Protests sparked in Minneapolis by the police killing of George Floyd have inspired a wave of demonstrators, many of them finding themselves jailed for the first time. However, the newly inspired activists are getting serious backing from an organization dedicated to eliminating the cash bail system in Minnesota.
"Our work is really focused on making sure no one is held by bail just because of their financial circumstances," Steve Boland, board member of the Minnesota Freedom Fund, told Cheddar.
In just four days, the nonprofit organization raised $20 million to free protesters across the state.
"The system itself is inherently racist. It is not implemented in any meaningful way that could be called justice," he added. "The amount of money you have should not determine the amount of justice you’re able to get."
The amount of financial support from those who agree with the aims of the fund became so overwhelming that it had to turn donors away and redirect them to other resources. Some of those dollars are being circulated throughout communities in Minnesota — particularly those that have been damaged in the more than weeklong unrest.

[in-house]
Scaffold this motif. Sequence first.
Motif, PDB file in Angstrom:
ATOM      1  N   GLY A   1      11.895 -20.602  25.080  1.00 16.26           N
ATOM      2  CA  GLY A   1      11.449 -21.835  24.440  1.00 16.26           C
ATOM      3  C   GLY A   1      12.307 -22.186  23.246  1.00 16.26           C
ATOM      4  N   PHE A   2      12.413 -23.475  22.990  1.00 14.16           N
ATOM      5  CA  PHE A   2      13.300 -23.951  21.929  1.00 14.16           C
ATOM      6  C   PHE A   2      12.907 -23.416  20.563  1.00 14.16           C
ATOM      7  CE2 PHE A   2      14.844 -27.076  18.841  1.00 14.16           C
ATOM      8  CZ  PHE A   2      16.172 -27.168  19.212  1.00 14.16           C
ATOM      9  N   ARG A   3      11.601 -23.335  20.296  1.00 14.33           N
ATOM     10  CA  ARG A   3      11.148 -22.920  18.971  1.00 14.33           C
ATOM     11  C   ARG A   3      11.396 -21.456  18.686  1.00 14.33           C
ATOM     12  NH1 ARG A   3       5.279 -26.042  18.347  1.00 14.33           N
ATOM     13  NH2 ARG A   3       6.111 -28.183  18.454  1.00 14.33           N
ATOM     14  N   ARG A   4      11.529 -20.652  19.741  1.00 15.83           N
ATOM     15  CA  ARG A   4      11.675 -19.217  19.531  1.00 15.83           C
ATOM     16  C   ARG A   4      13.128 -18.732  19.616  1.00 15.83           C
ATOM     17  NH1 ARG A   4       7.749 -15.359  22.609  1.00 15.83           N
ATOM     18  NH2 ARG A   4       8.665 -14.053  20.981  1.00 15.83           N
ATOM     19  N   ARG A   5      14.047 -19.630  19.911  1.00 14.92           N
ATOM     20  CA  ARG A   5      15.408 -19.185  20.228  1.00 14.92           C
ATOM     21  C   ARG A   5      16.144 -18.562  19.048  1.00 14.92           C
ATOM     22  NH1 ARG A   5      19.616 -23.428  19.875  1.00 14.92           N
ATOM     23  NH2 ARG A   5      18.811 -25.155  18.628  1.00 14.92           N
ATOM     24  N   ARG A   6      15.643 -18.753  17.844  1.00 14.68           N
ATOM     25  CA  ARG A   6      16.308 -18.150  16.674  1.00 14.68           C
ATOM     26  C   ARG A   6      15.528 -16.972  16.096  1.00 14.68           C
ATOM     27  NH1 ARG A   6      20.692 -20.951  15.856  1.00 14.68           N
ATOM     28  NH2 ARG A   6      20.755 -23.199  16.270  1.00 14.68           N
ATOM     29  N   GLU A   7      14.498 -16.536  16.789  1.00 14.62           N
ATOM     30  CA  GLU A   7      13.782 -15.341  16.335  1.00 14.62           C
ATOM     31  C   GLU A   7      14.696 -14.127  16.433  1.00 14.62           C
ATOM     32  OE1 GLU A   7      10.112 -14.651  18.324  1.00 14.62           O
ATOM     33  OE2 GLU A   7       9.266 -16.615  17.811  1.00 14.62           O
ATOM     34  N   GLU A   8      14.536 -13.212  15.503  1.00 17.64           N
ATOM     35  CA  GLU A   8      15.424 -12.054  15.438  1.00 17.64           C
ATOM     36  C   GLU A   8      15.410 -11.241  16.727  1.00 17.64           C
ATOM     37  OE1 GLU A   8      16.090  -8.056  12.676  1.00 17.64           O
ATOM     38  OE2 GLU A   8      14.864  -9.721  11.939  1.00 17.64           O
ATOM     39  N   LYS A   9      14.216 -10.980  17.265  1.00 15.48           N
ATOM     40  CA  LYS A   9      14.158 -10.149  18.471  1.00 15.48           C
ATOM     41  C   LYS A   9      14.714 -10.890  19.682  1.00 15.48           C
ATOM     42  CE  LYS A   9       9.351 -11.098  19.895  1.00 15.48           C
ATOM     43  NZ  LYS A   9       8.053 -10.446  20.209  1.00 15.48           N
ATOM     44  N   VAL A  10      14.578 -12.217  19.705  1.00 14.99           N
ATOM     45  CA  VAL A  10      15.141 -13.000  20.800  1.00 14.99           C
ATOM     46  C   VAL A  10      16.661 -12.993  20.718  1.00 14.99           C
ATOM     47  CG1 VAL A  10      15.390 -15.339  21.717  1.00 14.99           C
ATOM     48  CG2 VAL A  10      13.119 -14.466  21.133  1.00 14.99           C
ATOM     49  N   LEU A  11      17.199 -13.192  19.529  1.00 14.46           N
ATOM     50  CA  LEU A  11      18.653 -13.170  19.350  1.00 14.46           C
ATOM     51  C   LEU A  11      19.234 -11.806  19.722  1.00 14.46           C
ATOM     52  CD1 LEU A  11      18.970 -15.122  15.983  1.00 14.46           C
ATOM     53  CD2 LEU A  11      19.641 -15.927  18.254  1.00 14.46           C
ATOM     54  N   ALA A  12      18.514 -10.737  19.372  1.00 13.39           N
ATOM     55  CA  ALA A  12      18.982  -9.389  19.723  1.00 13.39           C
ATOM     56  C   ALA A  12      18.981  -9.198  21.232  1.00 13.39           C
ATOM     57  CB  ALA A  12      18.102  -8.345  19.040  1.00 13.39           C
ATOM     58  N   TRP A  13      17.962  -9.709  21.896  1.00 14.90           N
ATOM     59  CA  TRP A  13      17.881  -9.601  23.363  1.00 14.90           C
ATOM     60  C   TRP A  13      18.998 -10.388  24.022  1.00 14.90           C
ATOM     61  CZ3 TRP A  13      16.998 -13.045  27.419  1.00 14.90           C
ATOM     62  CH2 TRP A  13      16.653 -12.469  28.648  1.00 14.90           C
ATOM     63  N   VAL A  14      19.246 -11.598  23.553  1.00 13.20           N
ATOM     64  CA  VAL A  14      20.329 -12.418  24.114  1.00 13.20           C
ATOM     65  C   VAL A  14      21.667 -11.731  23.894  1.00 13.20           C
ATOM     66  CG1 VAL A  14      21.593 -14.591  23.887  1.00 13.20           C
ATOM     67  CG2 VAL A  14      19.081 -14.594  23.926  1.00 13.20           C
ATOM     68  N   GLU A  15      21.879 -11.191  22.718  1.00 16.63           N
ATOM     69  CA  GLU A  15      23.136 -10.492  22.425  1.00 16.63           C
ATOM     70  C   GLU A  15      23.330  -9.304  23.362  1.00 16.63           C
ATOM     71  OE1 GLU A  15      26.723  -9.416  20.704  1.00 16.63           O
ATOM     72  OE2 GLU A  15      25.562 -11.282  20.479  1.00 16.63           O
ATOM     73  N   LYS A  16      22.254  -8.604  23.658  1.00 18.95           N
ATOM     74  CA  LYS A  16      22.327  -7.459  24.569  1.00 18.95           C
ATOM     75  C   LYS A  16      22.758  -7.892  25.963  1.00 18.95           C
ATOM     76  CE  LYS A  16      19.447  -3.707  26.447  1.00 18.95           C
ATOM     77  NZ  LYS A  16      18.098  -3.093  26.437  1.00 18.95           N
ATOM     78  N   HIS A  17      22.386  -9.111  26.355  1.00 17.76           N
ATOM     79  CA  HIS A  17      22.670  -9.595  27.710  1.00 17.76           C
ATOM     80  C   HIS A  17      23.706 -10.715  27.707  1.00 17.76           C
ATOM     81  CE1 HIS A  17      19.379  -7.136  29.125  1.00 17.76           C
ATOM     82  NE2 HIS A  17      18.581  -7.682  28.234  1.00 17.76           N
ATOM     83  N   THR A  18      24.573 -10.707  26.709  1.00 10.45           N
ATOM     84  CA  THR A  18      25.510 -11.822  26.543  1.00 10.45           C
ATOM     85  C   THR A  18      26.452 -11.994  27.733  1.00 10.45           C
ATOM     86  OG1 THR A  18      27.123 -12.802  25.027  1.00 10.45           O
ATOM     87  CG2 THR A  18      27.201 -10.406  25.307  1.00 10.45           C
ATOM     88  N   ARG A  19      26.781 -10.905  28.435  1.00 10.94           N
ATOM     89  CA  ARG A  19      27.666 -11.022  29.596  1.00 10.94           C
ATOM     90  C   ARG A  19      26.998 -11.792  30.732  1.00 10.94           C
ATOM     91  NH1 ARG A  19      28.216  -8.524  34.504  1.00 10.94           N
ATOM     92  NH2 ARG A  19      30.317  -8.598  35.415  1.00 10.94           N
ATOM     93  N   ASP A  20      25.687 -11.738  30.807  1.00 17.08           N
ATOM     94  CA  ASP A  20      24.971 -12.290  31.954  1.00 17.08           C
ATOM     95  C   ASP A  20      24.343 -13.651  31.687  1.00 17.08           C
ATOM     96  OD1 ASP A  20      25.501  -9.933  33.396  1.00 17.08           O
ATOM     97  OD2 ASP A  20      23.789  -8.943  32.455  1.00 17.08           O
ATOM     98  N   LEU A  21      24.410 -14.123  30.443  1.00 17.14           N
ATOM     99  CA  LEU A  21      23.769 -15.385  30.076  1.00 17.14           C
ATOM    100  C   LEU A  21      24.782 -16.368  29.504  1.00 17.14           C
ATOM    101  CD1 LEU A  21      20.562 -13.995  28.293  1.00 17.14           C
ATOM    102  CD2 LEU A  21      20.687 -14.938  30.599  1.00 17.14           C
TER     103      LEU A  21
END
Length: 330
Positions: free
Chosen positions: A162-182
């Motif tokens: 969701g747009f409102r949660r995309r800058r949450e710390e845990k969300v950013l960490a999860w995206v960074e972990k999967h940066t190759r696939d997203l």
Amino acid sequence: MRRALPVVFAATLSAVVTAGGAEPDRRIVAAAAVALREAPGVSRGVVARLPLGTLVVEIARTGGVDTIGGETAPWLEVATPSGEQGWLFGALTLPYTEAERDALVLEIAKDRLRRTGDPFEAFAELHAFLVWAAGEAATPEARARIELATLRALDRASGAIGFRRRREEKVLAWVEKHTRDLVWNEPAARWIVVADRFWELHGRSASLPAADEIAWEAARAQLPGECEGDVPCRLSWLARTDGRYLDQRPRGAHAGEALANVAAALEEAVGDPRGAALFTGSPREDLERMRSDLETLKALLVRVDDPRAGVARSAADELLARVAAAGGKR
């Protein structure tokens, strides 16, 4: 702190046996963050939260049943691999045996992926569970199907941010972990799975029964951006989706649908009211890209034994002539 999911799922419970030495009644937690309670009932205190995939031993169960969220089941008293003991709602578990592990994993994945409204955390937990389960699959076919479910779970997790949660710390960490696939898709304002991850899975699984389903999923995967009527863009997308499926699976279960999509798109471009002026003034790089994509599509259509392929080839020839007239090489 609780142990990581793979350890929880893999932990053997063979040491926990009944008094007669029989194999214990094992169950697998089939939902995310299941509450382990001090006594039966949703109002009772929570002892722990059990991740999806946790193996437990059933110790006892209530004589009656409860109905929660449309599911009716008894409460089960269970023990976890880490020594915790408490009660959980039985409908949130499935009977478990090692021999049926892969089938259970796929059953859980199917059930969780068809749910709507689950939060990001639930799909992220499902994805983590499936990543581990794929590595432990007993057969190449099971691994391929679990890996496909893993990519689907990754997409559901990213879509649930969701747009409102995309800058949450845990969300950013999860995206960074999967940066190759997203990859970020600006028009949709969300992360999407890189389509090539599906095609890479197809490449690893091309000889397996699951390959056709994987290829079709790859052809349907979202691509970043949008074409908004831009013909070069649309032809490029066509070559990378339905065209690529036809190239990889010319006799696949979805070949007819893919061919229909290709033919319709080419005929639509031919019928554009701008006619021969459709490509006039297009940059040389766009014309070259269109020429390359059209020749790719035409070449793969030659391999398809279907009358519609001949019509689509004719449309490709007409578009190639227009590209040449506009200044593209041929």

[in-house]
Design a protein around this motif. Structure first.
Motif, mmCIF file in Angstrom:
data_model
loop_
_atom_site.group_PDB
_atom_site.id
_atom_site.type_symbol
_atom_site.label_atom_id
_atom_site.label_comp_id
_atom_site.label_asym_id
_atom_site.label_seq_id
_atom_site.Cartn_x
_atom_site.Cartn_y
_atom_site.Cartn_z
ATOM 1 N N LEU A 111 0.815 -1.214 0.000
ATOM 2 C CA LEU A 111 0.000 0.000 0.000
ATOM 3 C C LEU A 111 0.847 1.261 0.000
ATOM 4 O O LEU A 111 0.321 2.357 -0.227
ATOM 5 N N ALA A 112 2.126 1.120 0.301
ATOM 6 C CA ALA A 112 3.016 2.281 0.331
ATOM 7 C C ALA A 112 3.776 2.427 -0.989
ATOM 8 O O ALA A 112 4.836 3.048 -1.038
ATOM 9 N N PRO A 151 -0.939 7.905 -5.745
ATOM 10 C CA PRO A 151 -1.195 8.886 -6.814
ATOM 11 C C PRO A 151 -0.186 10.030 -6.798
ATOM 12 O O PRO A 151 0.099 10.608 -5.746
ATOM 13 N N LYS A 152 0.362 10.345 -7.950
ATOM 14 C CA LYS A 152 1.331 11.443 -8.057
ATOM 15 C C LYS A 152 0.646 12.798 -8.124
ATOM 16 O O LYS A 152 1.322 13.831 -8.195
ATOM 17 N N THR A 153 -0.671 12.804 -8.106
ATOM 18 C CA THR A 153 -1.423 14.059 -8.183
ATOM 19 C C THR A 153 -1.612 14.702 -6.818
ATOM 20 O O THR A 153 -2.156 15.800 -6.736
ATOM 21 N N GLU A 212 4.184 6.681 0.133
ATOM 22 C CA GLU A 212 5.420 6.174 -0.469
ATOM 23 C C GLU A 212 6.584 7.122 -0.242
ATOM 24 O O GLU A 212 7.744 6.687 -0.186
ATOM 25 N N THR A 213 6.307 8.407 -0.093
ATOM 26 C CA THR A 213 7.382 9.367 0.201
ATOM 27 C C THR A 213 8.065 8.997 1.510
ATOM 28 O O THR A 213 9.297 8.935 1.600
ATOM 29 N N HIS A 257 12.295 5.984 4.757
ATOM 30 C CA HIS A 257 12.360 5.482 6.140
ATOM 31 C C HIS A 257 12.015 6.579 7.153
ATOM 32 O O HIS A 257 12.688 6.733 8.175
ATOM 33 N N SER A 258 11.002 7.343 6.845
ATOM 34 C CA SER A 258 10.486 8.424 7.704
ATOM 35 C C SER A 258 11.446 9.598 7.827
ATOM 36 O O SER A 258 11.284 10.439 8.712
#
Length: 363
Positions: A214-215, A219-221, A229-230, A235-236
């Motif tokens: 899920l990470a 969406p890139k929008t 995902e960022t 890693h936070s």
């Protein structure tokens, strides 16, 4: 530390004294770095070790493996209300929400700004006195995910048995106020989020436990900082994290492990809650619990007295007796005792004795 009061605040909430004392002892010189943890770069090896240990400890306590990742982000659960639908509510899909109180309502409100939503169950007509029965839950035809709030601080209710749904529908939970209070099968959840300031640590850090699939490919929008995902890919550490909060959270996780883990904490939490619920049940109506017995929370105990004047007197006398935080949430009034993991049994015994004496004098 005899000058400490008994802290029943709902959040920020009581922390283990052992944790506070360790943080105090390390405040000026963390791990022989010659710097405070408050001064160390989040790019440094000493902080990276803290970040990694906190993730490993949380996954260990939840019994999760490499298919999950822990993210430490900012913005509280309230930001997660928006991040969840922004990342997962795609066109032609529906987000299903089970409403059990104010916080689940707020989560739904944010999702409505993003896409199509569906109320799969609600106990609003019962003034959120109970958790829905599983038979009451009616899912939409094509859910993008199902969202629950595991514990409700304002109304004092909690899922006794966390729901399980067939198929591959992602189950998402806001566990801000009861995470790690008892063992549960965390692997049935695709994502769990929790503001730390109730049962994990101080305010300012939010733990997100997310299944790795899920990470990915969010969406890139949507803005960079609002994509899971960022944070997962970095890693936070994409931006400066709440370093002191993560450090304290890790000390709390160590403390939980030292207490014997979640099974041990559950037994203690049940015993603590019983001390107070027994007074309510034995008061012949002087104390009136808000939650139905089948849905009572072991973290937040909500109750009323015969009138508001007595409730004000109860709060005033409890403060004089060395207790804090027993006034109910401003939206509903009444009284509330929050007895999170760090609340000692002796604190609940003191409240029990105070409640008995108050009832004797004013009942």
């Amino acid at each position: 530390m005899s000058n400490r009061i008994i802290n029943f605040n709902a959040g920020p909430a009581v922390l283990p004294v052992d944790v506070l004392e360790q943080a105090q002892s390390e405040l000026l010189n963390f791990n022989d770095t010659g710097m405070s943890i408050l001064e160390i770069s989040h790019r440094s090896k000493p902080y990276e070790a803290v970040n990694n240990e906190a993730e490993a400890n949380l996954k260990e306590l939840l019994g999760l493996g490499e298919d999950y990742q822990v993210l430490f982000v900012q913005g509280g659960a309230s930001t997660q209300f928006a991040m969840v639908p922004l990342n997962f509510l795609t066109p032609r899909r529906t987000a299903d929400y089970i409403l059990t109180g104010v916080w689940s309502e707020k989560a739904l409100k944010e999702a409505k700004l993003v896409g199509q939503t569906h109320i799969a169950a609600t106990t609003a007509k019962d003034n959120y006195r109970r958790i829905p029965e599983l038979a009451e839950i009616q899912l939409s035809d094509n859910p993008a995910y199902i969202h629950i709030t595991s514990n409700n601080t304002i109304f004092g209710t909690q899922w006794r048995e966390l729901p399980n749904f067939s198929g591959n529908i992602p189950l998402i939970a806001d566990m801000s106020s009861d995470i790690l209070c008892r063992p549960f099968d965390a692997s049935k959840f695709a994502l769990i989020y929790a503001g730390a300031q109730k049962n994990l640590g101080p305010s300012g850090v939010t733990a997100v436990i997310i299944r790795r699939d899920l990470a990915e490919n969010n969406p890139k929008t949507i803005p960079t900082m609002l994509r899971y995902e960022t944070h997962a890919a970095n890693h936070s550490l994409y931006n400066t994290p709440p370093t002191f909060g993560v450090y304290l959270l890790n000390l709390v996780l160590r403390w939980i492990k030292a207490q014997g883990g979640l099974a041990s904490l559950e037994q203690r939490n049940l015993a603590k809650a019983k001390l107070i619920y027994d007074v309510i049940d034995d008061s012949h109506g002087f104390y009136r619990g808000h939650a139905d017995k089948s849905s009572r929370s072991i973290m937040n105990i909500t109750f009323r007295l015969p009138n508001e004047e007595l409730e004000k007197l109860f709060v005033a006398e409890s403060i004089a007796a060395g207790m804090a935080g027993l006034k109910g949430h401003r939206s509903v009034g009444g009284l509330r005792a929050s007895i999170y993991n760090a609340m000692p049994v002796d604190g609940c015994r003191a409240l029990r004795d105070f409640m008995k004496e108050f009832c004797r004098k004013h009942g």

"The flood of responses from across the world, hundreds of thousands of donors, has been amazing," Boland said.
Starting out as a grassroots movement, the organization’s reach spread quickly with the help of social media and celebrities alike. And with a staggering number of new activists, Boland encouraged donors to stay active in their pursuit of social justice.
"If you’ve got the ability to contribute to others that are doing the work, do that. But then stay involved with them," he implored. "Don’t give anonymously. Give your address, your name, find out what the next steps are."
While the Minnesota Freedom Fund is currently one of the more popular outlets for those looking to get involved in justice efforts in the wake of George Floyd's death, there are a number of organizations he said that were in need of support.
"You don’t have to be violating curfew or getting arrested, but there’s a lot of peaceful ways to be showing force of numbers," Boland said.